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An die Apfelbäume, wo ich Julien erblickte (1815) D197

An die Apfelbäume, wo ich Julien erblickte

Ein heilig Säuseln und ein Gesangeston 
Durchzittre deine Wipfel, o Schattengang, 
Wo bang und wild der ersten Liebe
Selige Taumel mein Herz berauschten.
Die Abendsonne bebte wie lichtes Gold 
Durch Purpurblüten, bebte wie lichtes Gold 
Um ihres Busens Silberschleier;
Und ich zerfloss in Entzückungsschauer.
Nach langer Trennung küsse mit Engelkuss 
Ein treuer Jüngling hier das geliebte Weib, 
Und schwör in diesem Blütendunkel
Ew’ge Treue der Auserkornen.
Ein Blümchen sprosse, wenn wir gestorben sind, 
Aus jedem Rasen, welchen ihr Fuss berührt, 
Und trag’ auf jedem seiner Blätter
Meines verherrlichten Mädchens Namen.

To the Apple Trees where I caught sight of Julia

Let solemn murmuring and the sound of singing 
vibrate through the tree-tops above you, O shaded 
walk, where, fearful and impassioned, the blissful 
frenzy of first love seized my heart.
The evening sun shimmered like brilliant gold 
through purple blossoms; shimmered like brilliant 
gold around the silver veil on her breast.
And I dissolved in a shudder of ecstasy.
After long separation let a faithful youth 
kiss with an angel’s kiss his beloved wife, 
and in the darkness of this blossom
pledge eternal constancy to his chosen one.
May a flower bloom, when we are dead, 
from every lawn touched by her foot. 
And may each of its leaves
bear the name of my exalted love.

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Franz Peter Schubert was an late Classical and early Romantic composer. He produced a vast oeuvre during his short life, composing more the 600 vocal works (largely Lieder), and well as several symphonies, operas, and a large body of piano music. He was uncommonly gifted from a young age, but appreciation of his music was limited during his lifetime. His work became more popular in the decades after his death, and was praised by 19th century composers, including Mendelssohn, Schumann, Brahms, and Liszt.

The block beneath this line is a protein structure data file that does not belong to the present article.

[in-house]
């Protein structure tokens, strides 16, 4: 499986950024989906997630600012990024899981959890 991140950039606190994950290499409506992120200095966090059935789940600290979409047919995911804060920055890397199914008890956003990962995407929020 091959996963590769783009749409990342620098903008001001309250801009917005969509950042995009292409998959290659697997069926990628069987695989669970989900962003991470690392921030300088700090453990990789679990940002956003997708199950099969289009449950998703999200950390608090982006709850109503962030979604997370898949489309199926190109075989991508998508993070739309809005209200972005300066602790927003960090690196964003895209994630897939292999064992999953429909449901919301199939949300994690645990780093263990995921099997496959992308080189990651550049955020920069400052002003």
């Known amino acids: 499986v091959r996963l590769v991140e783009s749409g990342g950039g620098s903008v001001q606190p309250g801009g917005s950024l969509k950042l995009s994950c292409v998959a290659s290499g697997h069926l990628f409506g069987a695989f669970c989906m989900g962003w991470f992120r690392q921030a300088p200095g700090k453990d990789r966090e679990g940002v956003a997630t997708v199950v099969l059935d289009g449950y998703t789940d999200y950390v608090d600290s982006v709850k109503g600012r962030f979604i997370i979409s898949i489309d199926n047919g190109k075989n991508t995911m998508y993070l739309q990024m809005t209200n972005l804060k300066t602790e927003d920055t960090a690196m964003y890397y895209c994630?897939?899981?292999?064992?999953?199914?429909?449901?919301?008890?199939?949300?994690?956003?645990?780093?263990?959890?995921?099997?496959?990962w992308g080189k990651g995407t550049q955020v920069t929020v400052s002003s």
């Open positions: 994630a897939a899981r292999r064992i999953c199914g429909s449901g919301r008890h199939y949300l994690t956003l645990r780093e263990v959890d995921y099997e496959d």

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Ludwig Heinrich Christoph Hölty, was German poet who is considered the most gifted lyric poet of the Göttinger Hain, a group of young poets who saw themselves as heirs of the great lyric poet Friedrich Gottlieb Klopstock and whose work was characterized by love of nature and the expression of national feeling.

He was influenced by Johann Uz and Friedrich Klopstock, but his love for the Volkslied and his delight in nature preserved him from the artificiality of Uz and the unworldliness of Klopstock. A strain of melancholy runs through all his lyrics. His ballads are the pioneers of the rich ballad literature on English models, which sprang up in Germany over the next few years.

To many, the opening lines of Hölty's poem Der alte Landmann an seinen Sohn ("he Old Farmer to His Son) are the very embodiment of all Prussian virtues. This poem was set to music by Mozart to a melody adapted from the aria Ein Mädchen oder Weibchen from his 1791 opera The Magic Flute. It was played daily by the carillon of the Potsdam Garrison Church where Frederick the Great was initially buried.

Many of Hölty's poems were set to music by composers including Mozart, Beethoven, Schubert, Mendelssohn, and Brahms. Several streets and schools in Germany are named after him, including the Hölty-Gymnasium in Wunstorf near Hanover; in 2008, the biennial poetry prize Hölty-Preis was created in his name.

Among the many poems set by Schubert are An den Mond (D193 and D468),  An die Nachtigall (D196), Blumenlied (D431), Frühlingslied (D243 and D398), Klage (D436), Mailied (D129, D199 and D202), Minnelied (D429), Die Nonne (D208), Seligkeit (D433), Totengräberlied (D38 and D44) and Winterlied (D401).

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